The Downing house which grew from a weekender in the 1950s
Eltham's progressive community stood as one solid group against all odds until the middle 1950s when there came about a gradual awareness of a changing social climate.
It was caused by several factors.
First, there was the rapid increase in population, predominantly due to the great postwar migrant influx that had an enormous impact on our behaviour patterns. especially as more then three-quarters or the New Australians settled in Greater Melbourne.
Second, this unprecedented advent caused an industrial and building explosion that created radically altered building conditions and expectations. It, was a time that knew no limit to growth. The opportunities seemed infinite.
Australian parents with young children were taking on up to three Jobs between them. They started making more money than they had ever believed possible. This work generated parental absenteeism that soon affected home life standards. Both parents working up to five, six and sometimes seven days a week produced new residences, cars and a great range of mechanical amenities for the whole family, but only by forfeiting the less spectacular but more important values they had hitherto known.
The children were the first to appreciate it. They quickly accepted the hard-won privileges as their unalienable right, as liberal gifts and pocket money became substitutes for parental participation in their leisure times. By 1960 we were a fragmented society. Many parents had lost touch with their children and children felt their parents belonged to an unknown generation. Then, in 1960, the bubble burst. Judgement fell on the nation in the form of a severe recession.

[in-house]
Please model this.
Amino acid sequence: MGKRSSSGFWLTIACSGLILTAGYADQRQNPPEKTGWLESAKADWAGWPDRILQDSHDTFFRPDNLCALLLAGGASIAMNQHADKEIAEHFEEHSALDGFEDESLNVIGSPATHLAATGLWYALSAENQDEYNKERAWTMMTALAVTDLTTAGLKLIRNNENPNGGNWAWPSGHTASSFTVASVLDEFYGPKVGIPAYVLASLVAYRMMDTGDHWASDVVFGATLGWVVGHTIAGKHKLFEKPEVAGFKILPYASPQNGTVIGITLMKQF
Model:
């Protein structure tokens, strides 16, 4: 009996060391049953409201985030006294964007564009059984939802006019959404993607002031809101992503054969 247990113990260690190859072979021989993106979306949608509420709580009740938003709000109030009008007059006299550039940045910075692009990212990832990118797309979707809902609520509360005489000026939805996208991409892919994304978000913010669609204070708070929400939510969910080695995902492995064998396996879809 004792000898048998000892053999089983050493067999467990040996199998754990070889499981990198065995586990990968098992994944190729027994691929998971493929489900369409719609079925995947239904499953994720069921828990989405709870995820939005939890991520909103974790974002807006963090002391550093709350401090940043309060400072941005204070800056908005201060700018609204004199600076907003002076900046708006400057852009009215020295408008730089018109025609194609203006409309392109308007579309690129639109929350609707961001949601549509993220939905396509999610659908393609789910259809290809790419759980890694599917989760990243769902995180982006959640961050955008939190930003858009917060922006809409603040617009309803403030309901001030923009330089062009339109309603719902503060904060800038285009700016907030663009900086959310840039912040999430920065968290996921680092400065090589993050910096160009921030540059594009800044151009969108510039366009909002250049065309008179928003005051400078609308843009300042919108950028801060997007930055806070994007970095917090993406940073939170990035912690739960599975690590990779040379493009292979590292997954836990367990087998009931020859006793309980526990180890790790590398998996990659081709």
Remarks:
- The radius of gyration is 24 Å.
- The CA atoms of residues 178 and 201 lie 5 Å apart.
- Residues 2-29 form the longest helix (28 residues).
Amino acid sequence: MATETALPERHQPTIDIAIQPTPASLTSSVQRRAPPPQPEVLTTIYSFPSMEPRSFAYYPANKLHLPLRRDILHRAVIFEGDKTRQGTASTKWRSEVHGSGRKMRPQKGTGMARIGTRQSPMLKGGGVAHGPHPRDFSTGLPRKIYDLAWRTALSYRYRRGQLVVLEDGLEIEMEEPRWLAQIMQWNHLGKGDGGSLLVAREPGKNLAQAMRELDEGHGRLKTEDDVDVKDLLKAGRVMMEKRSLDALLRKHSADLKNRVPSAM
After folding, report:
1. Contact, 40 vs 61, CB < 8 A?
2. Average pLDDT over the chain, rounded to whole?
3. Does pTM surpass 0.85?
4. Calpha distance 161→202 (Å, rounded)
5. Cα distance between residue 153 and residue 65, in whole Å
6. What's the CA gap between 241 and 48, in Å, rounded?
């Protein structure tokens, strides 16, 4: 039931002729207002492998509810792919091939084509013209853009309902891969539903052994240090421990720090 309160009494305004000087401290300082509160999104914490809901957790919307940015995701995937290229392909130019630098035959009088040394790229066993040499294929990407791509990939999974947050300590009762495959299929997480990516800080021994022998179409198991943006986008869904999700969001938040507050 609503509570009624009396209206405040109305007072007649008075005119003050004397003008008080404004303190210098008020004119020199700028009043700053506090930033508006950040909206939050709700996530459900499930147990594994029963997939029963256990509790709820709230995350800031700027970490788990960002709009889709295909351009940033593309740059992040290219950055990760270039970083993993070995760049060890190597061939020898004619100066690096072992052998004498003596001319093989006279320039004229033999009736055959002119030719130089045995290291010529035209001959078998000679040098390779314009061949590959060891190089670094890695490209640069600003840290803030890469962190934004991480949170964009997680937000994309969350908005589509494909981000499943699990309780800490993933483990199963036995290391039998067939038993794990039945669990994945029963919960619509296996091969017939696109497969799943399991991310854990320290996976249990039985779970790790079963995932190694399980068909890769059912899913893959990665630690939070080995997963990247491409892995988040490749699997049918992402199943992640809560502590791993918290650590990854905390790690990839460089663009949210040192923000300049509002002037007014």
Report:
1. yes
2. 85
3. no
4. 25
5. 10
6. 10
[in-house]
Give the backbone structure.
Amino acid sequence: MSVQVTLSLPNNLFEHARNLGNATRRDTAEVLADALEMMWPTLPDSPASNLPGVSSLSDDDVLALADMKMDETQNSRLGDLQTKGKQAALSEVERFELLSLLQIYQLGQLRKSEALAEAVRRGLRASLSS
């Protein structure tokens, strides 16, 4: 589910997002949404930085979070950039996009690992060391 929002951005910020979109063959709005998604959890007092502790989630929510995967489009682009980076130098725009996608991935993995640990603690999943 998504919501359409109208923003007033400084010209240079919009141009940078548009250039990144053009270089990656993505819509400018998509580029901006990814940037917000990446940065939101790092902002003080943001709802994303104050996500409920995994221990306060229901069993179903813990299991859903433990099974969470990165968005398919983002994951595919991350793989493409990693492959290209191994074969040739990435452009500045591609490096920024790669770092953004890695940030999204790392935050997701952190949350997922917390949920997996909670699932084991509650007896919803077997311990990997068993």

The tremendously stable Menzies Government came within an ace or losing the next election as post-war financial institutions crumbled around them. In Victoria the apparently impregnable Korman land and building empire suddenly vanished and its originator, Stanley Korman, was imprisoned for improper practices.
Yet, despite the uncertain times, it was well understood that pre-war conditions could never return. Australia had developed into a young adult nation in its own right and would have to find its own way back to prosperity. This it did - thanks to the continuing flow of migration even in opposition to the White Australia policy. We gradually stopped calling Italians, Greeks and even Turks derogatory names when they started to live in our streets and became successful businessmen and women. The stigma of having a Mediterranean name disappeared altogether when names like Barassi dominated our traditional game and excelled in track and field events. Even the cricket field was not immune from foreign invasion.
Eltham attracted a disproportionate number of Dutch migrants, partly because they were drawn to the hilly landscape which made it so different to the flat country they had left
They proved to be people or real quality, combining special skills and national traditions that have given a lead to our district ever since. One has only to recall names like Herman and Martin Sibbel, Bill Van der Voorden, Peter Hellemons and the Deylen family to realise how their coming enhanced our building and other abilities. They often succeeded better than we did and also became true Australians in the best sense of the word.
I knew these men in my everyday life and found they possessed real integrity. fairness and business acumen that has been a constant source of education to me since I first met them. Both native and foreign inhabitants realised that there was a special ingredient in the Eltham lifestyle that did not exist elsewhere. It occurred because the original landscape still remained intact and generated a sense of open skies, bushland gullies and environmental adventure that made it unique amid the burgeoning suburban population of other districts.